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The Mechanical Turk Automaton

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Author Topic: The Mechanical Turk Automaton  (Read 542 times)
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« on: December 30, 2010, 02:48:42 am »

Popular culture


Owing to the Turk's popularity and mystery, its construction inspired a number of inventions and imitations,[3] including Ajeeb, or "The Egyptian," an American imitation built by Charles Hopper that President Grover Cleveland played in 1885, and Mephisto, the self-described "most famous" machine, of which little is known.[72]

El Ajedrecista was built in 1912 by Leonardo Torres y Quevedo as a chess-playing automaton and made its public debut during Paris World Fair of 1914. Capable of playing endgames using electromagnets, it was the first true chess-playing automaton, and a precursor of sorts to Deep Blue.[73]
[edit] Automated machines

The Turk was visited in London by Rev. Edmund Cartwright in 1784. He was so intrigued by the Turk that he would later question whether "it is more difficult to construct a machine that shall weave than one which shall make all the variety of moves required in that complicated game." Cartwright would patent the prototype for a power loom within the year.[74] Sir Charles Wheatstone, an inventor, saw a later appearance of the Turk while it was owned by Mälzel. He also saw some of Mälzel's speaking machines, and Mälzel later presented a demonstration of speaking machines to a researcher and his teenage son. Alexander Graham Bell obtained a copy of a book by Kempelen on speaking machines after being inspired by seeing a similar machine built by Wheatstone; Bell went on to file the first successful patent for the telephone.[3]
[edit] Stage

A play, The Automaton Chess Player, was presented in New York City in 1845. The advertising, as well as an article that appeared in The Illustrated London News, claimed that the play featured Kempelen's Turk, but was in fact a copy of the Turk created by J. Walker, who had earlier presented the Walker Chess-player.[75]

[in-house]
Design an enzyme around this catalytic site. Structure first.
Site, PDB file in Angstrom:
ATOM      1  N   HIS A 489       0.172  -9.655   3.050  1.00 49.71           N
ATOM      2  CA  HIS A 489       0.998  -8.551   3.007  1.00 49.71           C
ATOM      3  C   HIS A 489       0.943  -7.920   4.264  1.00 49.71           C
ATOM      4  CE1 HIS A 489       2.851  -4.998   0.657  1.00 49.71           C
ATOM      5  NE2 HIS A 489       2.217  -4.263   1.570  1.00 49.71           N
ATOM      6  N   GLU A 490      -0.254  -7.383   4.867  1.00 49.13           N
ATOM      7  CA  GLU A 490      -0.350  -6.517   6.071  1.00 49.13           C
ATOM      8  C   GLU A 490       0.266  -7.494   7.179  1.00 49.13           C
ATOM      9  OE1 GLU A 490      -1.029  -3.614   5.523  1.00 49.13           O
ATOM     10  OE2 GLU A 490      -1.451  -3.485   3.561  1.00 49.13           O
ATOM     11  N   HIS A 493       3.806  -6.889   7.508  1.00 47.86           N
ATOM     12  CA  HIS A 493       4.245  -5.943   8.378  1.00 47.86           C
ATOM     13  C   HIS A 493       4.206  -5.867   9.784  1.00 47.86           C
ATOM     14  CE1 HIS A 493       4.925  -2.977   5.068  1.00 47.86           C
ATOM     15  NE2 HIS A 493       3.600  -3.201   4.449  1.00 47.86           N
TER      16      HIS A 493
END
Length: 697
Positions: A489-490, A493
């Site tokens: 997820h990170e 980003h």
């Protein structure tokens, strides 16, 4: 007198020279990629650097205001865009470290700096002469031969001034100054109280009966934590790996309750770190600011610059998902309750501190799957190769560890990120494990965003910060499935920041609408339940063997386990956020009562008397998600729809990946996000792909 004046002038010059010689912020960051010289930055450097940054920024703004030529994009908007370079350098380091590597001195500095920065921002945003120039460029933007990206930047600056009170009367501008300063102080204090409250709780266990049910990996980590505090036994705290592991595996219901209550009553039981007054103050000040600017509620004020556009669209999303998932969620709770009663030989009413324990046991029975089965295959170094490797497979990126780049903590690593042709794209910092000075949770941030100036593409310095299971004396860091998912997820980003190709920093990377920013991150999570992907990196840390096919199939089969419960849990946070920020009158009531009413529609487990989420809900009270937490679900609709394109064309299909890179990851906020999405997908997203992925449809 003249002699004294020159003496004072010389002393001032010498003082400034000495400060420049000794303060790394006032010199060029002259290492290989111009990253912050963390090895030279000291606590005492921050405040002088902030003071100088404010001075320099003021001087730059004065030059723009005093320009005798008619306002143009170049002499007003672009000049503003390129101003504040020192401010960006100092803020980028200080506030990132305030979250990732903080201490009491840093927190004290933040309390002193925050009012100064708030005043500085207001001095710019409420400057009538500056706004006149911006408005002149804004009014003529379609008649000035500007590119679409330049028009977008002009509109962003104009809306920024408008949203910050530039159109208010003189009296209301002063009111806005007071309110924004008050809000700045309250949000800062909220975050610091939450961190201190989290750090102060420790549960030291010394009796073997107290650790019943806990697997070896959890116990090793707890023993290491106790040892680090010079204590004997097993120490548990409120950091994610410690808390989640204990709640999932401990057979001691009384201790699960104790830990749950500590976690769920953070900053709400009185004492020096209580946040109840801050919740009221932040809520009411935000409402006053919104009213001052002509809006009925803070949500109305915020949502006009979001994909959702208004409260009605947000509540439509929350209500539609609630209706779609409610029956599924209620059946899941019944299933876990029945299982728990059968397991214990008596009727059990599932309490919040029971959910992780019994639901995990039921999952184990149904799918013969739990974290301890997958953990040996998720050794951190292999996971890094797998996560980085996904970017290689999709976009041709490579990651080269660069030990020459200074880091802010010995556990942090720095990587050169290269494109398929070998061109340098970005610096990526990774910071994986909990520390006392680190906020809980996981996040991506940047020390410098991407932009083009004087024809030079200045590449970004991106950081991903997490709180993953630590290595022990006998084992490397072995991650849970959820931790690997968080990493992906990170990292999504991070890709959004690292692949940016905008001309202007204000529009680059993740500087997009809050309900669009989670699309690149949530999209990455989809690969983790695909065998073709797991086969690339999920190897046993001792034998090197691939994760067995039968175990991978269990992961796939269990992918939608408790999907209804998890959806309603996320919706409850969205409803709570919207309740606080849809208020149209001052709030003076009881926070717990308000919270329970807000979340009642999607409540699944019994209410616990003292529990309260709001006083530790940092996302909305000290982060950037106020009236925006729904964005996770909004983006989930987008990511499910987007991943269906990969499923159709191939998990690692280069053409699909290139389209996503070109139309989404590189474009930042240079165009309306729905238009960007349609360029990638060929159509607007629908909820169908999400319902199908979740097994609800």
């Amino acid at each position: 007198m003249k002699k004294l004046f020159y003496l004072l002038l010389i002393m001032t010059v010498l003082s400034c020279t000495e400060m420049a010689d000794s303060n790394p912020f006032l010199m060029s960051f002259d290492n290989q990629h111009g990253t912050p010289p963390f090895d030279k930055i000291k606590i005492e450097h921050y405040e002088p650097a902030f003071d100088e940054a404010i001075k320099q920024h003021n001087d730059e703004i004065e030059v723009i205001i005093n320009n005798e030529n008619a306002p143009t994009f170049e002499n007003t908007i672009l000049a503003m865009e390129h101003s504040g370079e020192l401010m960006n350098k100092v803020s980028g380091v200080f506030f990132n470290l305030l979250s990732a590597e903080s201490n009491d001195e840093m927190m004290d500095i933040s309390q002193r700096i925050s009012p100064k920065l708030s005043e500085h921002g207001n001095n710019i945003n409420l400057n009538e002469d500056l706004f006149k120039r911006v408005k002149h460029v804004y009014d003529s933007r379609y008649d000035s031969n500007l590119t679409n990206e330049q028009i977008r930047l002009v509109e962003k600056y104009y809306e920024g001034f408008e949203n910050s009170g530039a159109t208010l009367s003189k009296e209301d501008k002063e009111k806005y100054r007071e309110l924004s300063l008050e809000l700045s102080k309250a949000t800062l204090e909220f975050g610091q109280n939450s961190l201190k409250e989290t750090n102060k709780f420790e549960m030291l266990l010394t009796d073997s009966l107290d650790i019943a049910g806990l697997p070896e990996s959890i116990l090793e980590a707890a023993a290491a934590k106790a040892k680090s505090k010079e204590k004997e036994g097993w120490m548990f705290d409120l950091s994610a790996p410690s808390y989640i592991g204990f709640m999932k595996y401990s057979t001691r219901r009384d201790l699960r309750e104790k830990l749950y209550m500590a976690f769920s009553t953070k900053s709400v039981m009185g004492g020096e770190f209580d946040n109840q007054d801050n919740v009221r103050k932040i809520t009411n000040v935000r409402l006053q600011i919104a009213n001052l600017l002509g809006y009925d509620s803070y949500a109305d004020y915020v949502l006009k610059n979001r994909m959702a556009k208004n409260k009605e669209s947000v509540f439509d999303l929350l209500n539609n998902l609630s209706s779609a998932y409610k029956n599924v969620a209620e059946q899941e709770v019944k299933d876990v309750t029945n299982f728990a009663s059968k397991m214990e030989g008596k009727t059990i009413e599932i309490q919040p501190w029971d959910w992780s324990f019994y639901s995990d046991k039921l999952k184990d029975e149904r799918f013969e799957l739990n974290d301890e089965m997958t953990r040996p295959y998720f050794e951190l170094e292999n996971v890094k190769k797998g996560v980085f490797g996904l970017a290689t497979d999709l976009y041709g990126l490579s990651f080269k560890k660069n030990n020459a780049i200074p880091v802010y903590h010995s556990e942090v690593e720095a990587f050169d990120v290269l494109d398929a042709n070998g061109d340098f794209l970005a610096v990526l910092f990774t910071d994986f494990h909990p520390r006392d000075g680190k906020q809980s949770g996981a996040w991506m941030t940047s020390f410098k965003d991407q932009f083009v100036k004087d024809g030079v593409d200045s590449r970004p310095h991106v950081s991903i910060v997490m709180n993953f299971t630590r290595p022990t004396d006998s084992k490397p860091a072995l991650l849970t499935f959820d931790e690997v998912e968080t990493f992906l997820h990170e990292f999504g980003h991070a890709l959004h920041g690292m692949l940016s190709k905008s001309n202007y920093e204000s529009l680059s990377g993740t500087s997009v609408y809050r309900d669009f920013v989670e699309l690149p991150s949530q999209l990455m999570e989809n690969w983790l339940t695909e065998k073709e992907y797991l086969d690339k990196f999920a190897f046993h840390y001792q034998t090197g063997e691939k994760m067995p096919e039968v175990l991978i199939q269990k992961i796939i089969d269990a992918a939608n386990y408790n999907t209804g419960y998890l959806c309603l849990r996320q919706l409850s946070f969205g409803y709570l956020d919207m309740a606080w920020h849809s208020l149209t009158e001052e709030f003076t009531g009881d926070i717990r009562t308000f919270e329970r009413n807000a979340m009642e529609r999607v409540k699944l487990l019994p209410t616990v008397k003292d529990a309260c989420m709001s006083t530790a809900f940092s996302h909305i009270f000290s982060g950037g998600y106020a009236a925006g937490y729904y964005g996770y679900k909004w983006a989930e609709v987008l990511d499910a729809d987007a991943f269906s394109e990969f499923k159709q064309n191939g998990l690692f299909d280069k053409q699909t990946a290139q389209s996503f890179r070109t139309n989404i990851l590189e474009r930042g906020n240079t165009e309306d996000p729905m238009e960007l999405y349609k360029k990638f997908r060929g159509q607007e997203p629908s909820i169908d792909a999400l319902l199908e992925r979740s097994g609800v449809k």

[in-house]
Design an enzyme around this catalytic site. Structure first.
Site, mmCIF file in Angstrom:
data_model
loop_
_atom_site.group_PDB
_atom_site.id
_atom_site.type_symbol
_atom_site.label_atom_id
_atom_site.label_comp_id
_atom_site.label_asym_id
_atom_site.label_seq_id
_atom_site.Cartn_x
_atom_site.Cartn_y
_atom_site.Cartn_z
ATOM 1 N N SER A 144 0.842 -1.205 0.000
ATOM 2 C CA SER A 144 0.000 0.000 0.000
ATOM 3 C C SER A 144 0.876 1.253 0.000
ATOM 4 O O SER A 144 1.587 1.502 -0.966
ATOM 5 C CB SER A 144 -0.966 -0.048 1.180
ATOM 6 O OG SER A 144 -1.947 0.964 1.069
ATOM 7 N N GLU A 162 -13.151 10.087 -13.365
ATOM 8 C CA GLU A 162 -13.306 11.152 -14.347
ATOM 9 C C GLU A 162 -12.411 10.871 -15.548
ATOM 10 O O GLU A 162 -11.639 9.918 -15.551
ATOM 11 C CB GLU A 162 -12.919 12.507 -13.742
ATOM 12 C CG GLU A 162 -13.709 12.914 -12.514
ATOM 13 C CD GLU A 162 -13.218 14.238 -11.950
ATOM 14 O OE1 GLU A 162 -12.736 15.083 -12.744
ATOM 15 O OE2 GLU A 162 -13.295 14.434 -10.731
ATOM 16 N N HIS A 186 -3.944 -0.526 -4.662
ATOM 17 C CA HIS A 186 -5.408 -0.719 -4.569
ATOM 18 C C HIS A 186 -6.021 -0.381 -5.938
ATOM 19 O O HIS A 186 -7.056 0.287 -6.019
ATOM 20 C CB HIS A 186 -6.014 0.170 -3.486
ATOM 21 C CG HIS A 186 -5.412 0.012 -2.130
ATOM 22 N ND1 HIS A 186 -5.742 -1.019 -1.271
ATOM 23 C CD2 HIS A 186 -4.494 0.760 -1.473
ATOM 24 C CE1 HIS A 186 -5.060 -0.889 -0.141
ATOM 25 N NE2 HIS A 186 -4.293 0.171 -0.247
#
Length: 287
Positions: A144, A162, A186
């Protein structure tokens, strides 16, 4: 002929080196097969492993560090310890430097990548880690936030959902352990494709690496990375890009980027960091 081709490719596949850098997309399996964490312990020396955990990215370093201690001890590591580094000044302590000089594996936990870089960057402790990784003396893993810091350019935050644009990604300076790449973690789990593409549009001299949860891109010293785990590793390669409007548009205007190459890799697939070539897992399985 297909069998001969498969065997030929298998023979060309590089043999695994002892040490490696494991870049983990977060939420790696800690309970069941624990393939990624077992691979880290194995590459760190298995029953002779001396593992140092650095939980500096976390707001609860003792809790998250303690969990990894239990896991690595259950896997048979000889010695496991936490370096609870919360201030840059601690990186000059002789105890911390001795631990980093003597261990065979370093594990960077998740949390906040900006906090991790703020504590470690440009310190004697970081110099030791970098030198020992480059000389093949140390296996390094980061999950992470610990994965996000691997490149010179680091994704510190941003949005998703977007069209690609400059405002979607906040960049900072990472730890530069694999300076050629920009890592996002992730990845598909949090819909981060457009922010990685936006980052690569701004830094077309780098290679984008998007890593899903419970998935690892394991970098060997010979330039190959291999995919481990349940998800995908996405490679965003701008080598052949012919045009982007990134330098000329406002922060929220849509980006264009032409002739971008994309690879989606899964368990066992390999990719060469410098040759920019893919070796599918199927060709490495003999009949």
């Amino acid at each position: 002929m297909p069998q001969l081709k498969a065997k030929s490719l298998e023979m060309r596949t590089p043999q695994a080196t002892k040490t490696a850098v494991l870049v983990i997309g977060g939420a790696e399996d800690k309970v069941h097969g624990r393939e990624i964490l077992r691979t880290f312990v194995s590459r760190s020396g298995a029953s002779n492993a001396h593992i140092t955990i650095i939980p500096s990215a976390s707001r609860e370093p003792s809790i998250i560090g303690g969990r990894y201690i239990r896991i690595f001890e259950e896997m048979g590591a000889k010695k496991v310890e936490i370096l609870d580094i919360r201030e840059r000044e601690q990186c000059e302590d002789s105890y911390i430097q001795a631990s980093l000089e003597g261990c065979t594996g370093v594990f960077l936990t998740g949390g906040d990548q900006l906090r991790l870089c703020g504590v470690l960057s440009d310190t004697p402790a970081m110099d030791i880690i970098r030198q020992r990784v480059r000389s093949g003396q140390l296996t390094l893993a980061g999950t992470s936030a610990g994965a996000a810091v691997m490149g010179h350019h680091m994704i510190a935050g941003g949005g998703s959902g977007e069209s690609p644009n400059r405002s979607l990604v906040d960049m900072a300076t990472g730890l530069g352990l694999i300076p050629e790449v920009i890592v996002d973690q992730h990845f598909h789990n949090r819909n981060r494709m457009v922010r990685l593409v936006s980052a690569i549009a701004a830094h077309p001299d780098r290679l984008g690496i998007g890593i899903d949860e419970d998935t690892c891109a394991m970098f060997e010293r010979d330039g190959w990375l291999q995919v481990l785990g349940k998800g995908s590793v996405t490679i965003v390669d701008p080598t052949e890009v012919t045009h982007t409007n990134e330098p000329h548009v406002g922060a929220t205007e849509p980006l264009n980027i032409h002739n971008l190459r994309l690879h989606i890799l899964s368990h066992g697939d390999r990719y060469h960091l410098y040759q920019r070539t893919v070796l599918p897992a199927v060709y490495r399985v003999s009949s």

[edit] Film and television

Raymond Bernard's silent feature film Le joueur d'échecs (The Chess Player, France 1927) weaves elements from the real story of the Turk into an adventure tale set in the aftermath of the first of the Partitions of Poland in 1772. The film's "Baron von Kempelen" is a nobleman from Vilnius who builds automata as a hobby. He helps a dashing young Polish nationalist on the run from the occupying Russians, who also happens to be an expert chess player, by hiding him inside a chess playing automaton called the Turk, closely based on the real Kempelen's model. Just as they are about to escape over the border, the Baron is summoned to Saint Petersburg to present the Turk to the empress Catherine II. In an echo of the Napoleon incident, Catherine attempts to cheat the Turk, who wipes all the pieces from the board in response.[76]

The Turk was the inspiration for the clockwork robots featured in the 2006 Doctor Who episode The Girl in the Fireplace, written by Steven Moffatt.[77]

The machine is also referenced in the third episode of the 2008 television drama Terminator: The Sarah Connor Chronicles, where a character constructs a chess-playing computer named "The Turk", a possible ancestor or sibling of the sentient computer system Skynet.[78]
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